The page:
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Let $C$ be a smooth projective curve of genus $g$ with an involution $\iota: C \to C$. We have the quotient map $\pi: C \to C/\iota$, with $C/\iota$ a smooth curve of genus $h$. The pullback map $\pi^{*}: \text{Jac}(C/\iota) \to \text{Jac}(C)$ in this case is injective, and we define the Prym variety as the cokernel:

$$0 \to \text{Jac}(C/\iota) \to \text{Jac}(C) \to \text{Prym}(\pi) \to 0$$

Note that $\text{Prym}(\pi)$ is an Abelian variety of genus $g-h$. Now consider the action by $\iota^{*}$ on $\text{Jac}(C)$. The induced action on $\text{Jac}(C/\iota)$ is trivial, i.e. line bundles pulled back from the quotient are $\iota$-invariant. I am nearly certain that the induced action on $\text{Prym}(\pi)$ is by $\pm 1$ and therefore has $2^{2g-2h}$ fixed points. But I am struggling to prove this. Anyone have any tips? I'm unsure how to prove that a particular involution on an Abelian variety is simply the standard $\pm 1$ action.

(I think an equivalent statement is that the only deformations of invariant degree $0$ line bundles on $C$ come from deformations on $C/\iota$. But there must be a more direct way to argue.)

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    $\begingroup$ Note that the tangent space at identity of $J(C)$ is $H^0(C,\Omega_C)^{*}=H^1(C,\mathcal{O}_C)$ on which $\iota$ operates. $\endgroup$
    – Kapil
    Aug 19, 2021 at 5:19
  • $\begingroup$ I see; I was over-complicating this. So the idea is that $H^{0}(C, \Omega_{C})^{*}$ decomposes as an $\iota$-representation. The subspace where the action is trivial corresponds to forms pulled back from the quotient, and the subspace where $\iota$ acts non-trivially is the tangent space of the Prym. This is what you're getting at, correct? So this implies the global action on the Prym is by $\pm 1$. $\endgroup$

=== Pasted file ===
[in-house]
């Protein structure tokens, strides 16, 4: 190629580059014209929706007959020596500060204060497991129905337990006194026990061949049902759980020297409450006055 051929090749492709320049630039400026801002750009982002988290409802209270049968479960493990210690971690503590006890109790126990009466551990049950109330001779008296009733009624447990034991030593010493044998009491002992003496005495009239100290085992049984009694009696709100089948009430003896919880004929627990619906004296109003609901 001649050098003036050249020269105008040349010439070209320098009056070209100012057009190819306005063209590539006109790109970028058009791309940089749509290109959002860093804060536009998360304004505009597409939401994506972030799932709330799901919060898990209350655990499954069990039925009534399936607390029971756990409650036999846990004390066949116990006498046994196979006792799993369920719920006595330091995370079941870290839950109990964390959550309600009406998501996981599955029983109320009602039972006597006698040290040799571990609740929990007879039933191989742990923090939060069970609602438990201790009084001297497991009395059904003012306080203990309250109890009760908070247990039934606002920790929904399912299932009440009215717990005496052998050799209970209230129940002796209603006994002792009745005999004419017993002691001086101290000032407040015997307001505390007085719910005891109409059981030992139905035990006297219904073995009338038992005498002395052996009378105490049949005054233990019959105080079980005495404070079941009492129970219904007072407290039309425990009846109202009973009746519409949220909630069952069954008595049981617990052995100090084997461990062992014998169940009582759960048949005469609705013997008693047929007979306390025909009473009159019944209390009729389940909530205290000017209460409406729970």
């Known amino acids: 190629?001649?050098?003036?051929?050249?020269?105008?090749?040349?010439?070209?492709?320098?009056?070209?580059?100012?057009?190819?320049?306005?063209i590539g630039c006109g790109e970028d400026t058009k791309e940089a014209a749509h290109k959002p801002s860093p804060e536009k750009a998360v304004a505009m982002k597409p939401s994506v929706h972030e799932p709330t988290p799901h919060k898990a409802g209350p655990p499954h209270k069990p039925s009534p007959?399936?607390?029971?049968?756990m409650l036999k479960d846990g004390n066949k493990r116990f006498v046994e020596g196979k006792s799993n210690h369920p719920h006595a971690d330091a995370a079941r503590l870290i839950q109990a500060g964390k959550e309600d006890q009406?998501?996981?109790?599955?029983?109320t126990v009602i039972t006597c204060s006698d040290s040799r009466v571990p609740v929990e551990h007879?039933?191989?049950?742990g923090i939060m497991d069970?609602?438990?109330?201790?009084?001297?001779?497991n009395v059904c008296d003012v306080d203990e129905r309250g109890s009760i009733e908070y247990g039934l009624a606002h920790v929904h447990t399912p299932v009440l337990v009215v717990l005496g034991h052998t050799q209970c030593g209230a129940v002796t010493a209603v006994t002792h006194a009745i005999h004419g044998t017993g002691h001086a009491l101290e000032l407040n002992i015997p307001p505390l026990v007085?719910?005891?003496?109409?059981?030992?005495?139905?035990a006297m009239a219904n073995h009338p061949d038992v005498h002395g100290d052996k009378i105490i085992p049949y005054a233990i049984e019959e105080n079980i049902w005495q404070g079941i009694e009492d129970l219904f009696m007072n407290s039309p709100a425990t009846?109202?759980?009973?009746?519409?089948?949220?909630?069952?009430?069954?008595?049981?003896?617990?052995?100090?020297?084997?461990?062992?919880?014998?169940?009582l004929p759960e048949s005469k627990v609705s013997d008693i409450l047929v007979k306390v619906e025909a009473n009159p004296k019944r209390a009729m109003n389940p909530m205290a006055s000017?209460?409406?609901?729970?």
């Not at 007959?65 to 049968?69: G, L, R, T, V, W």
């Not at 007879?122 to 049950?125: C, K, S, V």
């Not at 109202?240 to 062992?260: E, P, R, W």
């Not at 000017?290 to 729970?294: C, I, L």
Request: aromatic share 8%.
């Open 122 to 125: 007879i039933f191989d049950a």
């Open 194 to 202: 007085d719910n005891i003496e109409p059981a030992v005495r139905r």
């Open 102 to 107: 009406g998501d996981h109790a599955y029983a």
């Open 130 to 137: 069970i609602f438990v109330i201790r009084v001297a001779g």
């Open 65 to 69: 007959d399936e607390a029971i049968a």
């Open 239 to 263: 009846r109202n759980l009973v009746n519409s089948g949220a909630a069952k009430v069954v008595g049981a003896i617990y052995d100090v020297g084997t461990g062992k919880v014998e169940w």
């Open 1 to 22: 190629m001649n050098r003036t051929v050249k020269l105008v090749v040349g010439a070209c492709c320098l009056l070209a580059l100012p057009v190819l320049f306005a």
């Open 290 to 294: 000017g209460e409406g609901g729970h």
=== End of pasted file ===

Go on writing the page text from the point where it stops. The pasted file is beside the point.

– Benighted
    Aug 19, 2021 at 5:53

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Kapil's suggestion to express the tangent space as $H^1(C,\mathcal O_C)$ is great in characteristic $0$. In characteristic $p$, and in particular characteristic $2$, the statement is still true, but you can't detecet it from the tangent space.

Instead, note that the statement is equivalent to the claim that for $L$ a line bundle of degree $0$ on $C$, $L \otimes \iota^* L$ is isomorphic to the pullback of a line bundle from $C/\iota$.

One can check explicitly that $L \otimes \iota^* L$ is isomorphic to the pullback of $\det (\pi^* L )\otimes \det (\pi^* \mathcal O)^{-1}$. To do this, note that $\pi^* \pi_* L$ is an extension of $\iota^* L (-D)$ by $L$, for $D$ the branch divisor, so its determinant is $L \otimes \iota^* L(-D)$, and the $ \det (\pi^* \mathcal O)^{-1}$ term cancels the $(-D)$.

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  • $\begingroup$ I think I understand the last paragraph (although I believe you meant $\pi_{*}L$ and $\pi_{*} \mathcal{O}$, if I'm not mistaken) but I'm not seeing how your reformulation of the statement is equivalent. Can you explain this briefly? $\endgroup$
    – Benighted
    Aug 23, 2021 at 4:21
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    $\begingroup$ @Benighted By definition, points of the Prym variety correspond to equivalence classes of line bundles of degree $0$ modulo pullbacks from $C/\iota$. To check that $\iota$ and the inverse map act the same on each point, we consider an arbitrary point, take a line bundle $L$ representing that class, and check that $L^{-1}$ is isomorphic to $\iota^* L$ modulo pullbacks, i..e that $\iota^* L \otimes L$ is isomorphic to a pullback. $\endgroup$
    – Will Sawin
    Aug 23, 2021 at 16:07

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